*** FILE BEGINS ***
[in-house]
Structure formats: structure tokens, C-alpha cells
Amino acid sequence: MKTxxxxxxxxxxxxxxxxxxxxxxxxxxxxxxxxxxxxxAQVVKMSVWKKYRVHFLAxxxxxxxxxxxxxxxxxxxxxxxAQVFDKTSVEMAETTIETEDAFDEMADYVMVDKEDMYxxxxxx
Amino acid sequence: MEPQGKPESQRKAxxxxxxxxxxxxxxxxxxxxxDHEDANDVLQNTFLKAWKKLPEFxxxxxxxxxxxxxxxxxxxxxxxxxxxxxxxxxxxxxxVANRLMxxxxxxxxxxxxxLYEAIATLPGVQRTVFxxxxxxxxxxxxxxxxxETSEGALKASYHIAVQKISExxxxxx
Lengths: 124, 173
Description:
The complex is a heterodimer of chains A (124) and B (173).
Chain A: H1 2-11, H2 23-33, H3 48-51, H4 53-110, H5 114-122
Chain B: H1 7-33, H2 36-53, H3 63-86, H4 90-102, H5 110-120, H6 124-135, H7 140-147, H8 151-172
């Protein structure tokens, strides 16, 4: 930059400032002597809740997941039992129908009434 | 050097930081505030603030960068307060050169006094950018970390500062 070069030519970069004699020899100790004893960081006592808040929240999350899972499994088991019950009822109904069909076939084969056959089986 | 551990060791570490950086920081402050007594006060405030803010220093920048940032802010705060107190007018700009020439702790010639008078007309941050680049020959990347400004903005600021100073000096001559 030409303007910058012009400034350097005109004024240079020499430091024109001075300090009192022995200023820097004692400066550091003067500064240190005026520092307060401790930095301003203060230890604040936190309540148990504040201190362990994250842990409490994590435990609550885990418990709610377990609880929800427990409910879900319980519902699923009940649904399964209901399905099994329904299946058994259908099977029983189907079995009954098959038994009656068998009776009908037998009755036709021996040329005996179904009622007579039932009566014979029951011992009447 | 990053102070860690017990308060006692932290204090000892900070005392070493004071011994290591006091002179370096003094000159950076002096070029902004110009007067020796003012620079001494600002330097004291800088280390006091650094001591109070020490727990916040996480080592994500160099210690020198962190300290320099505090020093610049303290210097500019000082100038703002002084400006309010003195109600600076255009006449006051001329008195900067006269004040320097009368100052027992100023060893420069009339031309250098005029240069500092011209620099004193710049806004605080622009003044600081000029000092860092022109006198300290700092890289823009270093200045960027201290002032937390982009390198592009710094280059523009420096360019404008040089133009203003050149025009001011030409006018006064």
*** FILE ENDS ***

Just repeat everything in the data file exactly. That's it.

[in-house]
Structure formats: structure tokens, C-alpha cells
Amino acid sequence: MKTxxxxxxxxxxxxxxxxxxxxxxxxxxxxxxxxxxxxxAQVVKMSVWKKYRVHFLAxxxxxxxxxxxxxxxxxxxxxxxAQVFDKTSVEMAETTIETEDAFDEMADYVMVDKEDMYxxxxxx
Amino acid sequence: MEPQGKPESQRKAxxxxxxxxxxxxxxxxxxxxxDHEDANDVLQNTFLKAWKKLPEFxxxxxxxxxxxxxxxxxxxxxxxxxxxxxxxxxxxxxxVANRLMxxxxxxxxxxxxxLYEAIATLPGVQRTVFxxxxxxxxxxxxxxxxxETSEGALKASYHIAVQKISExxxxxx
Lengths: 124, 173
Description:
The complex is a heterodimer of chains A (124) and B (173).
Chain A: H1 2-11, H2 23-33, H3 48-51, H4 53-110, H5 114-122
Chain B: H1 7-33, H2 36-53, H3 63-86, H4 90-102, H5 110-120, H6 124-135, H7 140-147, H8 151-172
């Protein structure tokens, strides 16, 4: 930059400032002597809740997941039992129908009434 | 050097930081505030603030960068307060050169006094950018970390500062 070069030519970069004699020899100790004893960081006592808040929240999350899972499994088991019950009822109904069909076939084969056959089986 | 551990060791570490950086920081402050007594006060405030803010220093920048940032802010705060107190007018700009020439702790010639008078007309941050680049020959990347400004903005600021100073000096001559 030409303007910058012009400034350097005109004024240079020499430091024109001075300090009192022995200023820097004692400066550091003067500064240190005026520092307060401790930095301003203060230890604040936190309540148990504040201190362990994250842990409490994590435990609550885990418990709610377990609880929800427990409910879900319980519902699923009940649904399964209901399905099994329904299946058994259908099977029983189907079995009954098959038994009656068998009776009908037998009755036709021996040329005996179904009622007579039932009566014979029951011992009447 | 990053102070860690017990308060006692932290204090000892900070005392070493004071011994290591006091002179370096003094000159950076002096070029902004110009007067020796003012620079001494600002330097004291800088280390006091650094001591109070020490727990916040996480080592994500160099210690020198962190300290320099505090020093610049303290210097500019000082100038703002002084400006309010003195109600600076255009006449006051001329008195900067006269004040320097009368100052027992100023060893420069009339031309250098005029240069500092011209620099004193710049806004605080622009003044600081000029000092860092022109006198300290700092890289823009270093200045960027201290002032937390982009390198592009710094280059523009420096360019404008040089133009203003050149025009001011030409006018006064």